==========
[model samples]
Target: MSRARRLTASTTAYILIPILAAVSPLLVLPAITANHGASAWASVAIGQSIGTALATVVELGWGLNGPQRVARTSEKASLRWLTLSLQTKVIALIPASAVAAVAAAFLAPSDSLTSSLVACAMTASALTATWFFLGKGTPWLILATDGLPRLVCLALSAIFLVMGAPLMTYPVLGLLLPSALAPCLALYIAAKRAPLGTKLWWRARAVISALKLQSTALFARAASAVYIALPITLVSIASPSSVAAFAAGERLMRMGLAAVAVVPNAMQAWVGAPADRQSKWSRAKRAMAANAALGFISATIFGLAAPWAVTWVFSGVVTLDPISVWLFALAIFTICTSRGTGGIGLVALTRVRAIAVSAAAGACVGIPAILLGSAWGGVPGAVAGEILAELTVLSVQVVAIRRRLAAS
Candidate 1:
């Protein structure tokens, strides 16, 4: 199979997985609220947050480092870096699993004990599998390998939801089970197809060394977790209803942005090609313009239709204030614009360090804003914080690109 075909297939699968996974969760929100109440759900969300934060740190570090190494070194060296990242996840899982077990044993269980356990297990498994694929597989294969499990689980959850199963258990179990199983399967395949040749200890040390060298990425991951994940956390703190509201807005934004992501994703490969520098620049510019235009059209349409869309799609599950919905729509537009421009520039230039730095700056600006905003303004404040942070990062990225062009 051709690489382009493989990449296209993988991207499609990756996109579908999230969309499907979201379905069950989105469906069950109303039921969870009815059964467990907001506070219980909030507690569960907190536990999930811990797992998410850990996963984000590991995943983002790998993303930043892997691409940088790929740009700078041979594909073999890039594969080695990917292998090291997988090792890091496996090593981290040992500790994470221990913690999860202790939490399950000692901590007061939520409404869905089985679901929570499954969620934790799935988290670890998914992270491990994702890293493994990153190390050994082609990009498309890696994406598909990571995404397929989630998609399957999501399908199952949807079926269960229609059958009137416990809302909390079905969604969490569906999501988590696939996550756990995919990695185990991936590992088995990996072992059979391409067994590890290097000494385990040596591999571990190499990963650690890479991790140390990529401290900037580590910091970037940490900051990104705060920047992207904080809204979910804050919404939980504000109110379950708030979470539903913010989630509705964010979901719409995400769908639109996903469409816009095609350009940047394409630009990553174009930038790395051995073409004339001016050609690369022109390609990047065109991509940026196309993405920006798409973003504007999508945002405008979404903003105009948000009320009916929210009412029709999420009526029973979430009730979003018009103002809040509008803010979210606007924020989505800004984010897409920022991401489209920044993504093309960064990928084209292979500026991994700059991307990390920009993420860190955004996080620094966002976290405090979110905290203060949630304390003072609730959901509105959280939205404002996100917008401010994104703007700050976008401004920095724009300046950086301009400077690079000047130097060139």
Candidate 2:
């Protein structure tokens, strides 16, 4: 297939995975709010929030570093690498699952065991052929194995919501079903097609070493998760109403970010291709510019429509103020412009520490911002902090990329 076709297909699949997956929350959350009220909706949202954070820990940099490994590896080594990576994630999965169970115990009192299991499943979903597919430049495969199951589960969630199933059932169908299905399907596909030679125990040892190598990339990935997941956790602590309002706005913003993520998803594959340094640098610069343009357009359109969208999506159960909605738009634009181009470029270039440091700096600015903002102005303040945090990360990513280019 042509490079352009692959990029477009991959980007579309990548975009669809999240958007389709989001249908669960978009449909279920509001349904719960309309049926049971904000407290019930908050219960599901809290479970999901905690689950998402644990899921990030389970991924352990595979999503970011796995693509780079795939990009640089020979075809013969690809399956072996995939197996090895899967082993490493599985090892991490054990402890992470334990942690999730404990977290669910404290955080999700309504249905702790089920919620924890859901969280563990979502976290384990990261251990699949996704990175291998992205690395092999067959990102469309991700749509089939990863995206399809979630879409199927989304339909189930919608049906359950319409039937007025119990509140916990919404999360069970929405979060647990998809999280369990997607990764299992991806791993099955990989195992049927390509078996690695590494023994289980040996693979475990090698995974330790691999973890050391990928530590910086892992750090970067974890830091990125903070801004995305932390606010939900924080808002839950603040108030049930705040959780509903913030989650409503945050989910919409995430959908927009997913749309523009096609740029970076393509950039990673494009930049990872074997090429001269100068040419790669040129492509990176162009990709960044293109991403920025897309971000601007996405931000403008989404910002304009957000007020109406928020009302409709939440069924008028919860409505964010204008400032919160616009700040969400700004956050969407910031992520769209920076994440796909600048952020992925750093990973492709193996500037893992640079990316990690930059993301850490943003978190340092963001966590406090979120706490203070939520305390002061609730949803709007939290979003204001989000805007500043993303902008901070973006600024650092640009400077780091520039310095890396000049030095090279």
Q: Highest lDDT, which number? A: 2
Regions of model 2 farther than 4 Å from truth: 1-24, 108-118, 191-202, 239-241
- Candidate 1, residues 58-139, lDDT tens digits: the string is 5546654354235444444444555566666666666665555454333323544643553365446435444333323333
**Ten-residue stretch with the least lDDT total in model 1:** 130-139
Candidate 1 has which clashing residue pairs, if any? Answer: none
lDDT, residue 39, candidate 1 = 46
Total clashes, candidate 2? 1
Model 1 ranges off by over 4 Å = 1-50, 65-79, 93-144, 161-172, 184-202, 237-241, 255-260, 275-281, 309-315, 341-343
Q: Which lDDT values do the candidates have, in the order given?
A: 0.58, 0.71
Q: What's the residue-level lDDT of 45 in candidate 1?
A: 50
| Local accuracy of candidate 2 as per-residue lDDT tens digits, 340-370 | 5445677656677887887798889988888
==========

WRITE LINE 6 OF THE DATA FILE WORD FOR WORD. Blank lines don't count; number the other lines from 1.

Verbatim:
């Protein structure tokens, strides 16, 4: 297939995975709010929030570093690498699952065991052929194995919501079903097609070493998760109403970010291709510019429509103020412009520490911002902090990329 076709297909699949997956929350959350009220909706949202954070820990940099490994590896080594990576994630999965169970115990009192299991499943979903597919430049495969199951589960969630199933059932169908299905399907596909030679125990040892190598990339990935997941956790602590309002706005913003993520998803594959340094640098610069343009357009359109969208999506159960909605738009634009181009470029270039440091700096600015903002102005303040945090990360990513280019 042509490079352009692959990029477009991959980007579309990548975009669809999240958007389709989001249908669960978009449909279920509001349904719960309309049926049971904000407290019930908050219960599901809290479970999901905690689950998402644990899921990030389970991924352990595979999503970011796995693509780079795939990009640089020979075809013969690809399956072996995939197996090895899967082993490493599985090892991490054990402890992470334990942690999730404990977290669910404290955080999700309504249905702790089920919620924890859901969280563990979502976290384990990261251990699949996704990175291998992205690395092999067959990102469309991700749509089939990863995206399809979630879409199927989304339909189930919608049906359950319409039937007025119990509140916990919404999360069970929405979060647990998809999280369990997607990764299992991806791993099955990989195992049927390509078996690695590494023994289980040996693979475990090698995974330790691999973890050391990928530590910086892992750090970067974890830091990125903070801004995305932390606010939900924080808002839950603040108030049930705040959780509903913030989650409503945050989910919409995430959908927009997913749309523009096609740029970076393509950039990673494009930049990872074997090429001269100068040419790669040129492509990176162009990709960044293109991403920025897309971000601007996405931000403008989404910002304009957000007020109406928020009302409709939440069924008028919860409505964010204008400032919160616009700040969400700004956050969407910031992520769209920076994440796909600048952020992925750093990973492709193996500037893992640079990316990690930059993301850490943003978190340092963001966590406090979120706490203070939520305390002061609730949803709007939290979003204001989000805007500043993303902008901070973006600024650092640009400077780091520039310095890396000049030095090279």